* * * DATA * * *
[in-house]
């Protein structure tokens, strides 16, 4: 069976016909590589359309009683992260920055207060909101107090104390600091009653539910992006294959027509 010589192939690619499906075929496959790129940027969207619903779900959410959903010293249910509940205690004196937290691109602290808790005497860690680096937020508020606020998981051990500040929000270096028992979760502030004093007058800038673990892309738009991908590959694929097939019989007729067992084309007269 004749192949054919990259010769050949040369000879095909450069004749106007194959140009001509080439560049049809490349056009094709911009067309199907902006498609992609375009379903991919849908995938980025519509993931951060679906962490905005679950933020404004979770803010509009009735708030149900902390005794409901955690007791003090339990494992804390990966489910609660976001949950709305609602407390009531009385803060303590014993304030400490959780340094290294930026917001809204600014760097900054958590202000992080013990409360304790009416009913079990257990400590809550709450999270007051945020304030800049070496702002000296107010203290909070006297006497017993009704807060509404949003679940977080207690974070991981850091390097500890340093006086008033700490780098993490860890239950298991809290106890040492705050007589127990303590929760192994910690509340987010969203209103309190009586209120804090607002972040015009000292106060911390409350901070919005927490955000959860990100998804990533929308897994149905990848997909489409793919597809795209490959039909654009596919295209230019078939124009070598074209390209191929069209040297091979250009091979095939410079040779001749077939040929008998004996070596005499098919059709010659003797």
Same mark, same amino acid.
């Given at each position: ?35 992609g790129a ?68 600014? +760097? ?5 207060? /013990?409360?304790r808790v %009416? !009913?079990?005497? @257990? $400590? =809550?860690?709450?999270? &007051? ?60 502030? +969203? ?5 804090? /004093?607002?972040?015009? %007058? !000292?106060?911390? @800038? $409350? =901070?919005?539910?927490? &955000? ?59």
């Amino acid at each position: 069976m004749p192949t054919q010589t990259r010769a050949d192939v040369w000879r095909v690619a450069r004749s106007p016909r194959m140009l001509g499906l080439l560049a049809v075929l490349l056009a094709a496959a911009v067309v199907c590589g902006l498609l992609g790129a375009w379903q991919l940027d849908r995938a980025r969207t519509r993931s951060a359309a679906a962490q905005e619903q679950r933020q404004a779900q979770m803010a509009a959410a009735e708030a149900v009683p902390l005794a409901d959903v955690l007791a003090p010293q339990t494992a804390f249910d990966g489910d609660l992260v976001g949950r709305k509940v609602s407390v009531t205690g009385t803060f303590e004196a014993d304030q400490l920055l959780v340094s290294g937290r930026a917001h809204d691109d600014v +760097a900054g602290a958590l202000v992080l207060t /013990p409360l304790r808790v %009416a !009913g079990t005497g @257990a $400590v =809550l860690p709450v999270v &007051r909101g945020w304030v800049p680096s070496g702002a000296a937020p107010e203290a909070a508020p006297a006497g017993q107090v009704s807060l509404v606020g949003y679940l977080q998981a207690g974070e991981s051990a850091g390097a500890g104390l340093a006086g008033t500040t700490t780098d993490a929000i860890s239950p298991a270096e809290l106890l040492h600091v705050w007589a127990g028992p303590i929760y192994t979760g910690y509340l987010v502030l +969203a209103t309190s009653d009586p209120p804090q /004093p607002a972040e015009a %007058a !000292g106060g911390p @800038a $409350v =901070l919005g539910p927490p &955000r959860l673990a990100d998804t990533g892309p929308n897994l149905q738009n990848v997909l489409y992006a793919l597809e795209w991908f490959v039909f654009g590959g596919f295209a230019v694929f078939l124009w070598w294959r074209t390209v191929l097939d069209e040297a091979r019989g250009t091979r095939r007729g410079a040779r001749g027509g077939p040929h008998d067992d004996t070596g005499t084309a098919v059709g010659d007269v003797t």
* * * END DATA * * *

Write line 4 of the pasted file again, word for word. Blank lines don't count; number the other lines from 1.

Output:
């Given at each position: ?35 992609g790129a ?68 600014? +760097? ?5 207060? /013990?409360?304790r808790v %009416? !009913?079990?005497? @257990? $400590? =809550?860690?709450?999270? &007051? ?60 502030? +969203? ?5 804090? /004093?607002?972040?015009? %007058? !000292?106060?911390? @800038? $409350? =901070?919005?539910?927490? &955000? ?59």